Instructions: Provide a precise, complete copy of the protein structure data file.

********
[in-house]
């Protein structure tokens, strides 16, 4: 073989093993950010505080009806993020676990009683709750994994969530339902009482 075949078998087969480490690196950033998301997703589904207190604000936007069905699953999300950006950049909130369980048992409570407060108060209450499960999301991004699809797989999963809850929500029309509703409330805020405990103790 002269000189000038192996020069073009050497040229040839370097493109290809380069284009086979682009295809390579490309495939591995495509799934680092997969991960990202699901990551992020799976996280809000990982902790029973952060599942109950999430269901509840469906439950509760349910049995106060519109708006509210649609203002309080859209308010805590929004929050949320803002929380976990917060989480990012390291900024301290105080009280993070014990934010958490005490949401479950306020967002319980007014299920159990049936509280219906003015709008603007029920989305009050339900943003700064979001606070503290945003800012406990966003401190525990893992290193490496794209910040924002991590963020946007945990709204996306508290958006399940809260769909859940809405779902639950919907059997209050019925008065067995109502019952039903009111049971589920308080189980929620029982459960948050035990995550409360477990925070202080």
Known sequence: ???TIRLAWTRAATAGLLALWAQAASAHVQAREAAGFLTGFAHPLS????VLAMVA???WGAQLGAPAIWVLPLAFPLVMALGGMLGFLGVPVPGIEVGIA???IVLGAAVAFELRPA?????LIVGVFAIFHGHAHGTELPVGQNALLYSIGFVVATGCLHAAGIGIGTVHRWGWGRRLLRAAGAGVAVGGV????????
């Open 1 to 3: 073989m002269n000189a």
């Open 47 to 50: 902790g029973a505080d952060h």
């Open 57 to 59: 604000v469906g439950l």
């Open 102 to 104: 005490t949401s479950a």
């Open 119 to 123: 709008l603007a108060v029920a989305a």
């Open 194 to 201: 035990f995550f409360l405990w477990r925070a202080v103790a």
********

[in-house]
């Protein structure tokens, strides 16, 4: 073989093993950010505080009806993020676990009683709750994994969530339902009482 075949078998087969480490690196950033998301997703589904207190604000936007069905699953999300950006950049909130369980048992409570407060108060209450499960999301991004699809797989999963809850929500029309509703409330805020405990103790 002269000189000038192996020069073009050497040229040839370097493109290809380069284009086979682009295809390579490309495939591995495509799934680092997969991960990202699901990551992020799976996280809000990982902790029973952060599942109950999430269901509840469906439950509760349910049995106060519109708006509210649609203002309080859209308010805590929004929050949320803002929380976990917060989480990012390291900024301290105080009280993070014990934010958490005490949401479950306020967002319980007014299920159990049936509280219906003015709008603007029920989305009050339900943003700064979001606070503290945003800012406990966003401190525990893992290193490496794209910040924002991590963020946007945990709204996306508290958006399940809260769909859940809405779902639950919907059997209050019925008065067995109502019952039903009111049971589920308080189980929620029982459960948050035990995550409360477990925070202080």
Known sequence: ???TIRLAWTRAATAGLLALWAQAASAHVQAREAAGFLTGFAHPLS????VLAMVA???WGAQLGAPAIWVLPLAFPLVMALGGMLGFLGVPVPGIEVGIA???IVLGAAVAFELRPA?????LIVGVFAIFHGHAHGTELPVGQNALLYSIGFVVATGCLHAAGIGIGTVHRWGWGRRLLRAAGAGVAVGGV????????
């Open 1 to 3: 073989m002269n000189a």
């Open 47 to 50: 902790g029973a505080d952060h």
């Open 57 to 59: 604000v469906g439950l």
């Open 102 to 104: 005490t949401s479950a």
């Open 119 to 123: 709008l603007a108060v029920a989305a």
């Open 194 to 201: 035990f995550f409360l405990w477990r925070a202080v103790a």